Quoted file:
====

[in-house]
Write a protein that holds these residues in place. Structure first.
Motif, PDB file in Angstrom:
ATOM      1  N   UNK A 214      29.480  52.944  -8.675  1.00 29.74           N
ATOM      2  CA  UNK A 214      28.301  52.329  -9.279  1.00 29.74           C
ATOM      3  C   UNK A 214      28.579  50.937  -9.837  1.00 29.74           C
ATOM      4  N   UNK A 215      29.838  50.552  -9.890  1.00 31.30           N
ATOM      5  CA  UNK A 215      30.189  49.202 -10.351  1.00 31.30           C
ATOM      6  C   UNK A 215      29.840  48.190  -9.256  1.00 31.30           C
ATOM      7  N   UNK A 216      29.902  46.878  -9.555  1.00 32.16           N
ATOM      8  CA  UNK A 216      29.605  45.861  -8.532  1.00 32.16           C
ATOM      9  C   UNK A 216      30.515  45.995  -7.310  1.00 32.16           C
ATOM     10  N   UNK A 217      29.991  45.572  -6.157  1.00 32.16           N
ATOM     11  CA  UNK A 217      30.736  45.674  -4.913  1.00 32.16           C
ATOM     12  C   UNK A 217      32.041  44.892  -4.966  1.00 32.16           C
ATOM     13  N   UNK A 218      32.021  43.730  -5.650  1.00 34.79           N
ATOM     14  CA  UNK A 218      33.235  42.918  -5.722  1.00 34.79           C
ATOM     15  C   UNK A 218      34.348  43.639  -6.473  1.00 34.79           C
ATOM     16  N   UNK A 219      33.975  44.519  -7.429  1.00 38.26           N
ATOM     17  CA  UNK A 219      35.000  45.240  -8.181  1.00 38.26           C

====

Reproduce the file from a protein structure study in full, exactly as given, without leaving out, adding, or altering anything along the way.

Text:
[in-house]
Write a protein that holds these residues in place. Structure first.
Motif, PDB file in Angstrom:
ATOM      1  N   UNK A 214      29.480  52.944  -8.675  1.00 29.74           N
ATOM      2  CA  UNK A 214      28.301  52.329  -9.279  1.00 29.74           C
ATOM      3  C   UNK A 214      28.579  50.937  -9.837  1.00 29.74           C
ATOM      4  N   UNK A 215      29.838  50.552  -9.890  1.00 31.30           N
ATOM      5  CA  UNK A 215      30.189  49.202 -10.351  1.00 31.30           C
ATOM      6  C   UNK A 215      29.840  48.190  -9.256  1.00 31.30           C
ATOM      7  N   UNK A 216      29.902  46.878  -9.555  1.00 32.16           N
ATOM      8  CA  UNK A 216      29.605  45.861  -8.532  1.00 32.16           C
ATOM      9  C   UNK A 216      30.515  45.995  -7.310  1.00 32.16           C
ATOM     10  N   UNK A 217      29.991  45.572  -6.157  1.00 32.16           N
ATOM     11  CA  UNK A 217      30.736  45.674  -4.913  1.00 32.16           C
ATOM     12  C   UNK A 217      32.041  44.892  -4.966  1.00 32.16           C
ATOM     13  N   UNK A 218      32.021  43.730  -5.650  1.00 34.79           N
ATOM     14  CA  UNK A 218      33.235  42.918  -5.722  1.00 34.79           C
ATOM     15  C   UNK A 218      34.348  43.639  -6.473  1.00 34.79           C
ATOM     16  N   UNK A 219      33.975  44.519  -7.429  1.00 38.26           N
ATOM     17  CA  UNK A 219      35.000  45.240  -8.181  1.00 38.26           C